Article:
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Updates from President Crow: December 14, 2020

  • Innovation doesn’t take a holiday at ASU
  • New year to bring top leaders to new executive roles at ASU
  • A season for celebration, reflection and inspiration
  • Bank of America invests $1M in student workforce education

ASU Innovation Week 2020

(Image Credit: Innovation @ ASU)

Innovation doesn’t take a holiday at ASU

While the fall 2020 semester at ASU is coming to a close, learning across our   university is not slowing down. Innovation is an ASU hallmark, so this year we have stepped up our game to offer curious minds five weeks of free virtual programming to explore diverse interests and gain new knowledge.

Innovation Quarter kicked off on Monday and runs through January 8. Innovation Quarter is a special  opportunity for our university community and the public at-large      to better understand    the trajectory of innovation, from idea to market, and how to navigate related challenges. Programming will include education activities for learners   of all ages on a broad range of subjects – from leadership to martial arts, philosophy    to engineering and everything in between. As you can read here, we are off to an excellent start, and there is still time to participate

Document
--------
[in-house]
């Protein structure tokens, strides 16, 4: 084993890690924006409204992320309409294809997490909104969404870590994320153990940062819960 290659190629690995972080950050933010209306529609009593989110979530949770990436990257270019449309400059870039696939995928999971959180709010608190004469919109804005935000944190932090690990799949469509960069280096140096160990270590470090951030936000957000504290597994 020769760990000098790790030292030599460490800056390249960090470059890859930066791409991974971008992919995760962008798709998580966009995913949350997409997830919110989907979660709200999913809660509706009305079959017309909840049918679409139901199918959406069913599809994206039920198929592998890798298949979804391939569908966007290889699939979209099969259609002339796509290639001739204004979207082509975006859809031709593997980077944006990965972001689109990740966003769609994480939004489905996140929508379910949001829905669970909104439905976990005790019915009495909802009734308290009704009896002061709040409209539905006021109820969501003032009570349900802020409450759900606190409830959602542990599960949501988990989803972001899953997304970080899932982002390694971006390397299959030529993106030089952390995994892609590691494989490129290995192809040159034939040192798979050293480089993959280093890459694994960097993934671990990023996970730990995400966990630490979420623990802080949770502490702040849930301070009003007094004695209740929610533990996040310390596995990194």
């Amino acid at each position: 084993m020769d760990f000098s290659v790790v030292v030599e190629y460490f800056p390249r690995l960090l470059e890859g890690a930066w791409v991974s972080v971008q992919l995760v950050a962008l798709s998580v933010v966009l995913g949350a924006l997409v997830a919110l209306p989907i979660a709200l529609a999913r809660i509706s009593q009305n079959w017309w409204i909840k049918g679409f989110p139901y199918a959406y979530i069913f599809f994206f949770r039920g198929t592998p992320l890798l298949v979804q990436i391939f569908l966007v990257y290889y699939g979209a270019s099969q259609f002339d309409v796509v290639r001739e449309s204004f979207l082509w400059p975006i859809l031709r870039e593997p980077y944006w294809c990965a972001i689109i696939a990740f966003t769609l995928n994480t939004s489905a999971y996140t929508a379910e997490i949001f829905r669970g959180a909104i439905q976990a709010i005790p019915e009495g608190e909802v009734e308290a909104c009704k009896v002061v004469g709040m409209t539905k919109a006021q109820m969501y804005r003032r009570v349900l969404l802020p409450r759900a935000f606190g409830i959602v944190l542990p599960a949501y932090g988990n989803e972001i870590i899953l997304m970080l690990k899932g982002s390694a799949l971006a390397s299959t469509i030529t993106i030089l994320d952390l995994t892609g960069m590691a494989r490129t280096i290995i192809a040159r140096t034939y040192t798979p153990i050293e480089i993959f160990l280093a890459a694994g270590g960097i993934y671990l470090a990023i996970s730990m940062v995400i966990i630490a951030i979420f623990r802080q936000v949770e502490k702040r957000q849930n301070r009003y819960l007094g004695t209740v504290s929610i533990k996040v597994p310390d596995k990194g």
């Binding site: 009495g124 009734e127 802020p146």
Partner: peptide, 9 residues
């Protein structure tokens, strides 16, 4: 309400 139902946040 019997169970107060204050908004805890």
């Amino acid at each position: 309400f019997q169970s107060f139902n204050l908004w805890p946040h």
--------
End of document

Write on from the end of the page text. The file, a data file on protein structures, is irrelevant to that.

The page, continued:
All of these efforts are designed to educate, engage and inspire, and I hope you         will join us in imaging what we want to learn, do and be in 2021.

Register today for Innovation Quarter


Sally Morton, Nancy Gonzalez, Maria Anguiano

New year to bring top leaders to new executive roles at ASU

They say that “good things come in threes,” and as we look to 2021, ASU will see three distinguished and dedicated leaders assume new and very important roles that will help to shape our university’s future. 

On November 23, I announced that Dr. Sally C. Morton will be the new executive vice president of ASU’s Knowledge Enterprise. Dr. Morton is a pioneering and internationally acclaimed statistician, and an experienced leader who has served as dean of the College of Science and interim director of the Fralin Life Sciences Institute at Virginia Tech. As EVP, she will oversee ASU’s extensive research portfolio, build its research competitiveness and advance critical public and private-sector alliances. 

The following week, Dr. Nancy Gonzales was named ASU’s next executive vice provost and university provost. Dr. Gonzales is currently the dean of natural sciences and is a first-generation college graduate, ASU alumna and Arizona native with a celebrated 25-year career in psychology. She will lead ASU’s Academic Enterprise and will be responsible for enhance academic excellence, faculty quality, student enrollment and the comprehensive reach, capability and success of our full-immersion and digital education programs. 

And most recently, Maria Anguiano, ASU’s senior vice president for enterprise strategy and planning, will now lead our Learning Enterprise , an initiative she first designed to grow the university’s learning options and make them available to learners of all ages. Maria is also a first-generation college graduate and has dedicated her career to expanding access to higher education. She has been an integral part of my leadership team for two years, working on university budget and revenue strategies and guiding complex strategic projects, like ASU’s Los Angeles location and ASU Local.